The data also the difference in average public liability awards settled through litigation rather than through the Injuries Resolution Board is very small, but legal fees are on average 22 times higher.

“This shows the effectiveness of the Injuries Resolution Board in resolving claims and providing fair awards,” said Tracy Sheridan, owner of Kidspace play centres in Rathfarnham and Rathcoole and Board member of the Alliance for Insurance Reform said.

“In most cases, the only ones that benefit from settling though the litigation channel are the legal profession.”

She added that while it is positive to see an increase in claims settled via the Resolution Board, the number of cases being settled via litigation remains stubbornly high.

“It is highly unlikely a majority of these claims are contentious and in those instances there is simply no reason not to settle via the Injuries Resolution Board – it is quicker, cheaper and the awards are the same,” Ms Sheridan said.

“There are 17% fewer liability claims relative to pre-Covid levels and in the context of this, the delivery of the Government’s insurance reform programme and record-breaking insurer profits of late, it is unconscionable that businesses, sports, arts, community and voluntary organisations are not seeing meaningful reductions in their premiums.”

Insurance Ireland said it is confident that in the employers’ liability and public liability market, Government reforms will impact over time.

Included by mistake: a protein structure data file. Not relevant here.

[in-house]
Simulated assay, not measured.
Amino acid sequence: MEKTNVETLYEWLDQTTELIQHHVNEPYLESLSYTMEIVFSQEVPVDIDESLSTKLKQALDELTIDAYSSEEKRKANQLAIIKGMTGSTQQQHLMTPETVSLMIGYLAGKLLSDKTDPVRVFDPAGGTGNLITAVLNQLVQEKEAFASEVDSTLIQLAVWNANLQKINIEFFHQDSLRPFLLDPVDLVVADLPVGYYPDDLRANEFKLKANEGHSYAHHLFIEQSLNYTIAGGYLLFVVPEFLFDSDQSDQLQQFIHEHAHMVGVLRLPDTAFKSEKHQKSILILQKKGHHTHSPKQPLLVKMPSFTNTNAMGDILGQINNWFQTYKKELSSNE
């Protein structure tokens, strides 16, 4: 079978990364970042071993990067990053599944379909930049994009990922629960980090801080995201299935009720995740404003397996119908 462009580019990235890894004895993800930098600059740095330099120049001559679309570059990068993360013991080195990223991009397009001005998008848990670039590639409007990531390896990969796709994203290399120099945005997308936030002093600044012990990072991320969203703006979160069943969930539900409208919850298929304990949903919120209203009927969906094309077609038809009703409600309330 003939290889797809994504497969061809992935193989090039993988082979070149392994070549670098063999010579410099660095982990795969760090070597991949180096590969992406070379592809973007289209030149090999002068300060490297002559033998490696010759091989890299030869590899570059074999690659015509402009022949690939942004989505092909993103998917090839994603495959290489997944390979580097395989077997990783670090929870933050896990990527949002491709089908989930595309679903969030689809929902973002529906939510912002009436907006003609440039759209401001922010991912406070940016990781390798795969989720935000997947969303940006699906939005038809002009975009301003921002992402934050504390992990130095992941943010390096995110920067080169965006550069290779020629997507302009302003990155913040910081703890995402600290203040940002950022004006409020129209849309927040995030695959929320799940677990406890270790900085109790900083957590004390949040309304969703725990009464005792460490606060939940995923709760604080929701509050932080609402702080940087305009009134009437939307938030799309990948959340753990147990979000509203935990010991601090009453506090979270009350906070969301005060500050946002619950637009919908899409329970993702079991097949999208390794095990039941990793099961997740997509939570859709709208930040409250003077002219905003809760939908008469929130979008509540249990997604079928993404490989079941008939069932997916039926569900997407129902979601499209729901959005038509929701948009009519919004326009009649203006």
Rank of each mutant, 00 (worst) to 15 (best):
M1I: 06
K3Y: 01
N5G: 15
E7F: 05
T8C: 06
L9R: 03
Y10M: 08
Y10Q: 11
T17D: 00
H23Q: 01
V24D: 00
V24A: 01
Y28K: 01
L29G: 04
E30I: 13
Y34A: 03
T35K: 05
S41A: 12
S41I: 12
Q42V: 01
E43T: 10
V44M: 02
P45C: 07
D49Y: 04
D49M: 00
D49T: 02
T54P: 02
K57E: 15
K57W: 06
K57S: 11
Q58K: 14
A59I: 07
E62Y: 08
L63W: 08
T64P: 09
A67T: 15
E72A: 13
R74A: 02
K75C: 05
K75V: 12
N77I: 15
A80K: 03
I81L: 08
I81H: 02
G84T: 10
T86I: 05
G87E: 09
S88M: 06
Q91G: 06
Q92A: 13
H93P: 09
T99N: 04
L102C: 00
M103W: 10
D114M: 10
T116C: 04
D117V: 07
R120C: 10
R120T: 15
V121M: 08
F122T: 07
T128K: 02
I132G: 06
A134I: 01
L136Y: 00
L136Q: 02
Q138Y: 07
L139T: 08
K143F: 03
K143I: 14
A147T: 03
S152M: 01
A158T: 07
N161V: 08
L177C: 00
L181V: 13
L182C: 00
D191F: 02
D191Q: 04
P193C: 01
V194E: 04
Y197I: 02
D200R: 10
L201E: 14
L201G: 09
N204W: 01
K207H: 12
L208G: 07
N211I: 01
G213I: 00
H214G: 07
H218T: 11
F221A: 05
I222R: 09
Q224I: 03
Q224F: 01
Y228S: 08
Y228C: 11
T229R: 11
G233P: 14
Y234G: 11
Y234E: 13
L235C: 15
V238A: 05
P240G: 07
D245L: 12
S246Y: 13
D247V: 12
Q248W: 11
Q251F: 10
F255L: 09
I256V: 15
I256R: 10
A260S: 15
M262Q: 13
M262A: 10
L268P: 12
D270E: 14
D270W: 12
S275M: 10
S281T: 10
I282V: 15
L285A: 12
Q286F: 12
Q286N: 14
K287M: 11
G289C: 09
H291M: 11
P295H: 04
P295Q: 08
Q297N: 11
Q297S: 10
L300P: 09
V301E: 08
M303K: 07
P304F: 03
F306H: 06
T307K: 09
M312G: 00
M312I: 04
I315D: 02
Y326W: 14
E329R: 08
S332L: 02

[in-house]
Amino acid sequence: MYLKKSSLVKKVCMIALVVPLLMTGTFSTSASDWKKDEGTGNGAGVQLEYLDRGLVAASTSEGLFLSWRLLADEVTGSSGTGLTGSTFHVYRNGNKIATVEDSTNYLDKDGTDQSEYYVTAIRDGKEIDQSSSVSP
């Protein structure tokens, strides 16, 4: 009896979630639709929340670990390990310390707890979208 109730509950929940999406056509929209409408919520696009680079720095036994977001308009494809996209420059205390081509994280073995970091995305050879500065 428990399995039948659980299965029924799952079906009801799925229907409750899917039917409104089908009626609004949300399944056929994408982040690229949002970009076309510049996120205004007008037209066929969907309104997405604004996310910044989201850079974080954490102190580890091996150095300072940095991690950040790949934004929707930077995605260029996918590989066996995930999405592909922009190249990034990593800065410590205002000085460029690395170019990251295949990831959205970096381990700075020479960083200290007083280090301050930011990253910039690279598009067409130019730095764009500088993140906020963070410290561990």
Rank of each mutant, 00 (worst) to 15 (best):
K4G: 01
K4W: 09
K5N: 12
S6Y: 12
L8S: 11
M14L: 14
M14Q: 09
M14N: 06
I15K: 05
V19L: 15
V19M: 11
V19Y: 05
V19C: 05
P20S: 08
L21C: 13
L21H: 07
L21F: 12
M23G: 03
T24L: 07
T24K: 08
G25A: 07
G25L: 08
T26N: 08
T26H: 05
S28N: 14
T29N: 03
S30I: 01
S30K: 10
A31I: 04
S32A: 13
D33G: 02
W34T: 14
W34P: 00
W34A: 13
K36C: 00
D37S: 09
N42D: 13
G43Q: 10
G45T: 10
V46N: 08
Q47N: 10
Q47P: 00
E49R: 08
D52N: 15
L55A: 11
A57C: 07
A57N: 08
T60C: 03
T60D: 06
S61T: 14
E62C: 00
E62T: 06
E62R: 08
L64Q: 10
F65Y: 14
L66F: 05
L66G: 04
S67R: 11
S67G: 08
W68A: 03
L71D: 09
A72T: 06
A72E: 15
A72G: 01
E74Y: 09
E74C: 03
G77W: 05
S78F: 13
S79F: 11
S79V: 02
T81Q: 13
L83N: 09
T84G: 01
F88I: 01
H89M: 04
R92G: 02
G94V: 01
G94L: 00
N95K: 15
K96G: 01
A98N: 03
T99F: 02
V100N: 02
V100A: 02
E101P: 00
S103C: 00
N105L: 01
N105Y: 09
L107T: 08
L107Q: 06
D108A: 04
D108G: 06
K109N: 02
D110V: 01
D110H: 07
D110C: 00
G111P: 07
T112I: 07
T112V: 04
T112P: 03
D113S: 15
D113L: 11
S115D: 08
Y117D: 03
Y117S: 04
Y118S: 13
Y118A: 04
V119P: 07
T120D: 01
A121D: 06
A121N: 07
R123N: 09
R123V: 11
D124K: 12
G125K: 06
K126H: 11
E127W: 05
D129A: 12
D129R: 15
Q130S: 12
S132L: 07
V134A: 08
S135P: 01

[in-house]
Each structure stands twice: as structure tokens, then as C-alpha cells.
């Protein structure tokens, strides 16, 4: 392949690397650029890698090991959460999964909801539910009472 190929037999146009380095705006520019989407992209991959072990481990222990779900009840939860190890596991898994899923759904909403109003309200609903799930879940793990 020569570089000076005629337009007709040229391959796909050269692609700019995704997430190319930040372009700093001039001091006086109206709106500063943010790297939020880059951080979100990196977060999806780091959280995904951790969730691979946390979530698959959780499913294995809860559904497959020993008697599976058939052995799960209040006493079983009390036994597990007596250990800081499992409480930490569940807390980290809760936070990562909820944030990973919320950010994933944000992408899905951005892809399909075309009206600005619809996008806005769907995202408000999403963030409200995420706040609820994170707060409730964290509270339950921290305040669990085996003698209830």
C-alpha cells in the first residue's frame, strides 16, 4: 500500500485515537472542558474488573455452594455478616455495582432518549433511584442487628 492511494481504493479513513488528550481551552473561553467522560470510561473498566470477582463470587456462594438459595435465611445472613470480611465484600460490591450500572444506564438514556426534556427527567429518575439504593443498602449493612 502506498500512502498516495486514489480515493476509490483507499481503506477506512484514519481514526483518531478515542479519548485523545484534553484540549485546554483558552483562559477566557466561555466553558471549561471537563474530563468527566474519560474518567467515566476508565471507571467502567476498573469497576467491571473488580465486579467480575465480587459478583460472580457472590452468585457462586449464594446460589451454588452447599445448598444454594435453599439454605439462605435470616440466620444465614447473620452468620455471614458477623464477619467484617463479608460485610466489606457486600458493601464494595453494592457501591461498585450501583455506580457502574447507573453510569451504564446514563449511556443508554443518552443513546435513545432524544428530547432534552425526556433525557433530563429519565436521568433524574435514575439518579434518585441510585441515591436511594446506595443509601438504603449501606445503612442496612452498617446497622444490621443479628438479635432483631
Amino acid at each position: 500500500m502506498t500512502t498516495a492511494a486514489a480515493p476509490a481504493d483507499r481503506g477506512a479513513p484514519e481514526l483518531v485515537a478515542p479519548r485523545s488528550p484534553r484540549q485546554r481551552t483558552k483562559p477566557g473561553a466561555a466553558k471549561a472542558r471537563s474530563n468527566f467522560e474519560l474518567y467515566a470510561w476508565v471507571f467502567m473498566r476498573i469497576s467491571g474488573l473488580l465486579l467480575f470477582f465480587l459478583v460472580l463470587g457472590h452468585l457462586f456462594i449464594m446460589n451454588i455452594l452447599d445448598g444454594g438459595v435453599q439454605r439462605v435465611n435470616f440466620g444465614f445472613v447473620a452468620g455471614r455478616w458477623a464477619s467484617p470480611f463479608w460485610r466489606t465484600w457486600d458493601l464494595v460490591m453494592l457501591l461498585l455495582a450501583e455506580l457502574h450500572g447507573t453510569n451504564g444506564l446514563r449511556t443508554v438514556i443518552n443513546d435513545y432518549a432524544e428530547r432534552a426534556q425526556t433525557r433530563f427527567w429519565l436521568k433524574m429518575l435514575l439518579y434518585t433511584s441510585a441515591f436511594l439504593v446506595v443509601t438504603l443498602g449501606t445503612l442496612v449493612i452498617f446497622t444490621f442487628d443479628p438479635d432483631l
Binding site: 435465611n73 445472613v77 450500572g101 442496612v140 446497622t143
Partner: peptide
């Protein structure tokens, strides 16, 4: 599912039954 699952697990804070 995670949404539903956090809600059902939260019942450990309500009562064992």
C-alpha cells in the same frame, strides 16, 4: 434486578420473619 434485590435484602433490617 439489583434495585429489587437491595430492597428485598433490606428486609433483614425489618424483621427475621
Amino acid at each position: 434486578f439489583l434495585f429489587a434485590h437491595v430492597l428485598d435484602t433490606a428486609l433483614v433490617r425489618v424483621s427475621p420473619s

Commenting on today’s report, Brian Hanley, the chief executive of the Alliance for Insurance Reform, said the number of cases being brought to the injuries assessment board had risen, but around 72% of cases were still settled through litigation.

He said the report shows that the awards given to claimants by the injuries board and in litigation for public liability claims as now “virtually identical”.

But he added that legal fees as a percentage of the award in public liability cases continue to rise specifically. Legal fees in 2020 roughly added a further 73% to an award, he said.

Speaking on RTÉ’s Morning Ireland, he said the majority of cases could be better addressed by the injuries assessment board.

He said premiums for public liability had not budged and, if anything, were increasing.

“There has been no meaningful or considered change in premiums, which remain stubbornly high despite all the reforms the Government has introduced,” he stated.

Mr Hanley said some things needed to occur for this to change, such as an increase in competition in the public liability market.

“The insurance market in Ireland today is much more stable and indeed profitable. We are at a time where we see record profits in this area from a number of insurers, so it is a profitable area,” he stated.

He said that without competition “downward pressure on premiums is still missing.”

Mr Hanley said motor insurance premiums are an example of the benefits of competition in a market.

Article Source – Motor insurance costs rose slightly in first half of 2023 – RTE